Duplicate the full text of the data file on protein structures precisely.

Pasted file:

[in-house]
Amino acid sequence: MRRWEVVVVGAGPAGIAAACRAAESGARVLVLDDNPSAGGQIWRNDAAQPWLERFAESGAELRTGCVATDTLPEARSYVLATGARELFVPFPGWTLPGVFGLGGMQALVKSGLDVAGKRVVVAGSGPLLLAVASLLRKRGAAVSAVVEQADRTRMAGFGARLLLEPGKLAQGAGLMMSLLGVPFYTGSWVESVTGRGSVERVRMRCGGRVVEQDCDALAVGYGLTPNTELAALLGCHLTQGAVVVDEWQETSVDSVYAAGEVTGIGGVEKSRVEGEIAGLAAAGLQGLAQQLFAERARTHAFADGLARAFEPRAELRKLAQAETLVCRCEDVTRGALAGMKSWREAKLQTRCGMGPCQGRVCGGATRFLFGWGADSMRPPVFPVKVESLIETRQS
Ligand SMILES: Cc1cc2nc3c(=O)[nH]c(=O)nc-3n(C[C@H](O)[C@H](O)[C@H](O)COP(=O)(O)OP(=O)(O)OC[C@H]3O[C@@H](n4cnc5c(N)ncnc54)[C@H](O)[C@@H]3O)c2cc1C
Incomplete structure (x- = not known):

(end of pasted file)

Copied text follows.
[in-house]
Amino acid sequence: MRRWEVVVVGAGPAGIAAACRAAESGARVLVLDDNPSAGGQIWRNDAAQPWLERFAESGAELRTGCVATDTLPEARSYVLATGARELFVPFPGWTLPGVFGLGGMQALVKSGLDVAGKRVVVAGSGPLLLAVASLLRKRGAAVSAVVEQADRTRMAGFGARLLLEPGKLAQGAGLMMSLLGVPFYTGSWVESVTGRGSVERVRMRCGGRVVEQDCDALAVGYGLTPNTELAALLGCHLTQGAVVVDEWQETSVDSVYAAGEVTGIGGVEKSRVEGEIAGLAAAGLQGLAQQLFAERARTHAFADGLARAFEPRAELRKLAQAETLVCRCEDVTRGALAGMKSWREAKLQTRCGMGPCQGRVCGGATRFLFGWGADSMRPPVFPVKVESLIETRQS
Ligand SMILES: Cc1cc2nc3c(=O)[nH]c(=O)nc-3n(C[C@H](O)[C@H](O)[C@H](O)COP(=O)(O)OP(=O)(O)OC[C@H]3O[C@@H](n4cnc5c(N)ncnc54)[C@H](O)[C@@H]3O)c2cc1C
Incomplete structure (x- = not known):